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Inflationary Headwinds and Labor Shortages Pose Near-Term Obstacles for Businesses in Winnipeg

July 7, 2023

Canadian Survey on Business Conditions Q2 Findings

The Canadian Chamber of Commerce Business Data Lab (BDL) and Statistics Canada have released the Q2 findings of the Canadian Survey on Business Conditions (CSBC). The Winnipeg Chamber of Commerce is collaborating with BDL to bring local and future-focused business insights to major cities across Canada to support economic recovery and growth.


Some noteworthy Winnipeg-based results from the latest quarterly CSBC survey include:

Persistent Challenges: Cost Pressures and Labour Shortages

  • Cost pressures and labour challenges persist as the primary near-term obstacles for Winnipeg Census Metropolitan Area (CMA) businesses. Manitoba’s Consumer Price Index (CPI) rose by 3.4% year-over-year in May 2023, following a 5.5% increase in April. According to the latest survey, inflation (55.8%), rising costs of inputs (40.3%), and escalating interest rates and debt costs (34.3%) are the top three challenges expected to be faced by Winnipeg businesses over the next three months.
  • In May 2023, Manitoba’s unemployment rate stood at 4.8%, which is the third lowest among provinces and below the national rate of 5.2%. Businesses in Winnipeg CMA are expected to encounter difficulties in recruiting (36%), labour shortages (31%), and retaining skilled workers (27%) in the next quarter. The impact of labour-related obstacles may lead to increased work hours for existing staff (43%) and management (38.4%), business growth (41.5%) and production delays (35.3%) among those businesses facing these challenges.


Profitability Concerns and Increasing Operating Expenses

  • The near-term business expectations for the Winnipeg CMA in the second quarter of 2023 indicate a mixed outlook. Businesses anticipate a 20.10% increase in sales, suggesting potential revenue growth. Selling prices are also expected to rise by 26.20%, demonstrating a pricing strategy aimed at improving profit margins.
  • However, it is noteworthy that one-third of businesses in Winnipeg expect a decline in profitability in the next quarter, indicating potential challenges in maintaining or improving profits. Nearly half of the respondents anticipate an increase in operating expenses, suggesting difficulty in efficient cost management. On a positive note, the number of employees is projected to increase by 12.70%, reflecting potential workforce expansion. Overall, businesses in the Winnipeg CMA face a mix of opportunities and challenges in the near term, requiring careful cost management, profitability monitoring, and pursuit of growth opportunitiesDebt Accessibility: Variances Based on Employment Size
  • In Winnipeg, about 21% of businesses reported that they cannot take more debt. An analysis of businesses with different employment sizes reveals variations in their ability to take on more debt. Larger businesses, particularly those with 20 to 99 employees, have a higher likelihood of acquiring additional debt, indicating greater financial stability or creditworthiness to support increased borrowing. In contrast, businesses with smaller employment sizes, such as 1 to 4 employees, have a lower probability of accessing additional financing, suggesting potential constraints in their ability to take on more debt.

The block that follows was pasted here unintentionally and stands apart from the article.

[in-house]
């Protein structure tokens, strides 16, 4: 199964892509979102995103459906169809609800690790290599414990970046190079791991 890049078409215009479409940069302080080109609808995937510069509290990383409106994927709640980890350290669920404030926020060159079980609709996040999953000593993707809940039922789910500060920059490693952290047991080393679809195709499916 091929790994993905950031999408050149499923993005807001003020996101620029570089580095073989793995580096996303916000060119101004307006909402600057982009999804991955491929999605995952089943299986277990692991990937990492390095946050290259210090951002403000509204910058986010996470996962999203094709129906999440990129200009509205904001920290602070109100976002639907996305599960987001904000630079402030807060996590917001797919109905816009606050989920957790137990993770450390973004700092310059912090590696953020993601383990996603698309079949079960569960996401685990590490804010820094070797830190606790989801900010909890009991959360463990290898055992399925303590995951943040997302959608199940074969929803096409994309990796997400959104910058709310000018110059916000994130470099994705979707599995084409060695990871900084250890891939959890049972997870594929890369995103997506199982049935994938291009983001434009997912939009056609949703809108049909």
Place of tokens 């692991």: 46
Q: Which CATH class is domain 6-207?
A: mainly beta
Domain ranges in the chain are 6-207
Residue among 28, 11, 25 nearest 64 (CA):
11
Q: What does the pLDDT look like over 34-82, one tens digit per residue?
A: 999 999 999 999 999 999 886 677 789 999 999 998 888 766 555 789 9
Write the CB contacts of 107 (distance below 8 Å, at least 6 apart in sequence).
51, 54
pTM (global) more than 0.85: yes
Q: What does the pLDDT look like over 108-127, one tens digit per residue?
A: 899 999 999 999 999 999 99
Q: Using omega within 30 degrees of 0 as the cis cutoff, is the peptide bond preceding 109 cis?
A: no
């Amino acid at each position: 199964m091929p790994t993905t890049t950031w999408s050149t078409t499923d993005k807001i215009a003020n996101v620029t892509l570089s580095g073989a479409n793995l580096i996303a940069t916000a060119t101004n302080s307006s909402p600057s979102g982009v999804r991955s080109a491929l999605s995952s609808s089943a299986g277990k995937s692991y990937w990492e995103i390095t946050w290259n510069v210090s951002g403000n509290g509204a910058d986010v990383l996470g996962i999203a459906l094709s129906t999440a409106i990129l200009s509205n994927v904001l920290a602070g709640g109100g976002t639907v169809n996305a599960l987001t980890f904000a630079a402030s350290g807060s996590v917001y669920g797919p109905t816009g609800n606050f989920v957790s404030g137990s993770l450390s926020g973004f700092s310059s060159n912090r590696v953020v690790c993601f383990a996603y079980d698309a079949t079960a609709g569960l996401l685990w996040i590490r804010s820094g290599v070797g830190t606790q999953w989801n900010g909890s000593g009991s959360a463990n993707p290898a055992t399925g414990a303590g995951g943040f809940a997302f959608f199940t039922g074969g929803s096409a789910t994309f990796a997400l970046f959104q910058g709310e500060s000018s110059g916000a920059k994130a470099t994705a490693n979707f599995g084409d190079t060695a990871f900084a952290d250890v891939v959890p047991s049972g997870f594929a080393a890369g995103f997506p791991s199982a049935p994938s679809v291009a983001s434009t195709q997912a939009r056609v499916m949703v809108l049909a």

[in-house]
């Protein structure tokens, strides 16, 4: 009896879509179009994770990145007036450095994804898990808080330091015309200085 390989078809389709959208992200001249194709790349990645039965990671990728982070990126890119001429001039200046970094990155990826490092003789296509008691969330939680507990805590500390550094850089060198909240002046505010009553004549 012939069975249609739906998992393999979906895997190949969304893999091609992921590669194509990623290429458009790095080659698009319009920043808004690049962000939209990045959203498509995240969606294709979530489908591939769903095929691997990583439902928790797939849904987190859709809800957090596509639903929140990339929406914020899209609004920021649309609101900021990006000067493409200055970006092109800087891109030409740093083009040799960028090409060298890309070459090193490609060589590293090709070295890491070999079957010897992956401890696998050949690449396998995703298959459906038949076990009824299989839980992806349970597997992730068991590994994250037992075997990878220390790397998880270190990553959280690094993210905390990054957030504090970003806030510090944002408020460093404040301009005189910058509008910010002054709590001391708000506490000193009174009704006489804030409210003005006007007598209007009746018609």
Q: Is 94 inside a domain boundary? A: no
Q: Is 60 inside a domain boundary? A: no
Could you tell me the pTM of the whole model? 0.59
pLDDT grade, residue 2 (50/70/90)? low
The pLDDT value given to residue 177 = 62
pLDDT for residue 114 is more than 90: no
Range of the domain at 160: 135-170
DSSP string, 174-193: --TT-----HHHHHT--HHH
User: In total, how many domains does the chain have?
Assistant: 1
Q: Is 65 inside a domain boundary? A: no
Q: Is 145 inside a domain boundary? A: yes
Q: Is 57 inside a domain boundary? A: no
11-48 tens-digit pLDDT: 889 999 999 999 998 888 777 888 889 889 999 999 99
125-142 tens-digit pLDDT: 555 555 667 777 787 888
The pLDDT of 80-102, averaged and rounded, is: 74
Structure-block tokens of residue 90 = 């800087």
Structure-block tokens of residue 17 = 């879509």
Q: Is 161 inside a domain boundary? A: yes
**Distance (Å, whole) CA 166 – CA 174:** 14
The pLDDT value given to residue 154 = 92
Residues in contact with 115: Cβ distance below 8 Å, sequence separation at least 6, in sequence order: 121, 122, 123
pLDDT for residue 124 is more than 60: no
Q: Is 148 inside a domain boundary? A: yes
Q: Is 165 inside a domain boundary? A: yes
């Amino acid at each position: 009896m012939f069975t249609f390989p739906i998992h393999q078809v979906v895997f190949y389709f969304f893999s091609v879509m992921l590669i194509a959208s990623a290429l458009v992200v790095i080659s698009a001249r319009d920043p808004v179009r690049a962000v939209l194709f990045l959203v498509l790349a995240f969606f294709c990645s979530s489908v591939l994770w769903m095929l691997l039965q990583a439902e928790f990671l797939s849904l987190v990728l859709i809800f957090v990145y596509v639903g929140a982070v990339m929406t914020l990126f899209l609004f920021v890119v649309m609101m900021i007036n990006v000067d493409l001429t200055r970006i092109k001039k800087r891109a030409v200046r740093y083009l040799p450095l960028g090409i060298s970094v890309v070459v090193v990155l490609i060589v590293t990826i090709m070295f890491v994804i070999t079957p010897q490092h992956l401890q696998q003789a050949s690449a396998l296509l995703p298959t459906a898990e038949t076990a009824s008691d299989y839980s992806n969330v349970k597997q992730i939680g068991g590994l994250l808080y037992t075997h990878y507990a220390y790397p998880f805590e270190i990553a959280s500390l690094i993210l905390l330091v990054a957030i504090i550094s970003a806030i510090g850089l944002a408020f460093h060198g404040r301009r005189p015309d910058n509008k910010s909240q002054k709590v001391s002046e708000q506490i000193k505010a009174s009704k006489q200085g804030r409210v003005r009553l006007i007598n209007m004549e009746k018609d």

• Looking ahead to the next 12 months, businesses or organizations in the Winnipeg CMA have cited several reasons for their reluctance to take on more debt during the second quarter of 2023. Almost half of the businesses identified unfavourable interest rates as their primary concern, followed by cash flow constraints, uncertain future sales, unfavourable payment terms, and the expectation of loan rejections. These factors collectively contribute to businesses’ cautious approach toward additional borrowing. High-interest rates and limited cash flow can make it challenging for businesses to afford debt payments. Uncertainty in future sales can also make businesses hesitant to take on more financial obligations. Unfavourable payment terms and the expectation of loan rejections further discourage businesses from pursuing additional debt. Understanding these reasons sheds light on the financial considerations and challenges faced by businesses when deciding on their debt capacity.

Resilient Outlook: Optimism Prevails among Businesses 

  • Despite an interest-sensitive environment and rising economic uncertainty, the majority of businesses in Winnipeg (69%) maintain an optimistic outlook for their future. Approximately 12.8% of businesses reported feeling somewhat or very pessimistic, down from the previous quarter’s 18.5%. This overall positive outlook among businesses in Winnipeg signifies a resilient local business environment, even in the face of challenges.

About the Canadian Survey on Business Conditions Report

The Canadian Survey on Business Conditions (CSBC) was created in spring 2020 by Statistics Canada in partnership with the Canadian Chamber of Commerce to monitor evolving Canadian business conditions and trends. The Q2 2023 CSBC was collected from April 3 to May 8, 2023. The survey was conducted by Statistics Canada via electronic questionnaire, using a stratified random sample of establishments with employees. The Q2 2023 CSBC survey is based on responses from 15,401 Canadian employers, including 782 responses from Winnipeg CMA.

The Canadian Survey on Business Conditions Report presents an in-depth quarterly analysis of the CSBC conducted by the Canadian Chamber’s Business Data Lab. The Business Data Lab collaborates with the Canadian Chamber Network to distribute and amplify CSBC insights at the local level.

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